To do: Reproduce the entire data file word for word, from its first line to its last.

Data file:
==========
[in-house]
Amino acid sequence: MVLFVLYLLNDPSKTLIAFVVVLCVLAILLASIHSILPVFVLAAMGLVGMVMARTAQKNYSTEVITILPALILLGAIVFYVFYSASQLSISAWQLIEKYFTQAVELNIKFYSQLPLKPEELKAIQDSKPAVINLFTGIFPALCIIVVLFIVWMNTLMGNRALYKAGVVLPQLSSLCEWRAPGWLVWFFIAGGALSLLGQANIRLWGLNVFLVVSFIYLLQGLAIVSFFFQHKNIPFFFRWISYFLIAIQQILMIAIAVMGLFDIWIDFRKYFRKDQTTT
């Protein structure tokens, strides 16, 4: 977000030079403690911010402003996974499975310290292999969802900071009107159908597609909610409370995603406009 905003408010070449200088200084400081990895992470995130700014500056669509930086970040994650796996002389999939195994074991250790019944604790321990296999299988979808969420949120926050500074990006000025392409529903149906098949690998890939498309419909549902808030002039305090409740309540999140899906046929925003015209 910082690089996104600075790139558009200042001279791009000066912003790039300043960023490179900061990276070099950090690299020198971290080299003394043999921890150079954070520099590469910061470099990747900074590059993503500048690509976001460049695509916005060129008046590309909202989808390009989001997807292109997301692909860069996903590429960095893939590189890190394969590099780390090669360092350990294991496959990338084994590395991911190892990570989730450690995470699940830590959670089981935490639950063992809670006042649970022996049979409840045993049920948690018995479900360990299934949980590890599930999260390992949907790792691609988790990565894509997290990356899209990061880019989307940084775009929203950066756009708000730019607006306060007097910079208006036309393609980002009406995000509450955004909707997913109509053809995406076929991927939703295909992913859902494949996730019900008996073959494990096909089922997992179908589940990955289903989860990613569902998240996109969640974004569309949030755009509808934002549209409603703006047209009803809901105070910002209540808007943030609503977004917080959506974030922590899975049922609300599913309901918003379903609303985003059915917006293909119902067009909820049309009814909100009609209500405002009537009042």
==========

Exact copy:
[in-house]
Amino acid sequence: MVLFVLYLLNDPSKTLIAFVVVLCVLAILLASIHSILPVFVLAAMGLVGMVMARTAQKNYSTEVITILPALILLGAIVFYVFYSASQLSISAWQLIEKYFTQAVELNIKFYSQLPLKPEELKAIQDSKPAVINLFTGIFPALCIIVVLFIVWMNTLMGNRALYKAGVVLPQLSSLCEWRAPGWLVWFFIAGGALSLLGQANIRLWGLNVFLVVSFIYLLQGLAIVSFFFQHKNIPFFFRWISYFLIAIQQILMIAIAVMGLFDIWIDFRKYFRKDQTTT
């Protein structure tokens, strides 16, 4: 977000030079403690911010402003996974499975310290292999969802900071009107159908597609909610409370995603406009 905003408010070449200088200084400081990895992470995130700014500056669509930086970040994650796996002389999939195994074991250790019944604790321990296999299988979808969420949120926050500074990006000025392409529903149906098949690998890939498309419909549902808030002039305090409740309540999140899906046929925003015209 910082690089996104600075790139558009200042001279791009000066912003790039300043960023490179900061990276070099950090690299020198971290080299003394043999921890150079954070520099590469910061470099990747900074590059993503500048690509976001460049695509916005060129008046590309909202989808390009989001997807292109997301692909860069996903590429960095893939590189890190394969590099780390090669360092350990294991496959990338084994590395991911190892990570989730450690995470699940830590959670089981935490639950063992809670006042649970022996049979409840045993049920948690018995479900360990299934949980590890599930999260390992949907790792691609988790990565894509997290990356899209990061880019989307940084775009929203950066756009708000730019607006306060007097910079208006036309393609980002009406995000509450955004909707997913109509053809995406076929991927939703295909992913859902494949996730019900008996073959494990096909089922997992179908589940990955289903989860990613569902998240996109969640974004569309949030755009509808934002549209409603703006047209009803809901105070910002209540808007943030609503977004917080959506974030922590899975049922609300599913309901918003379903609303985003059915917006293909119902067009909820049309009814909100009609209500405002009537009042």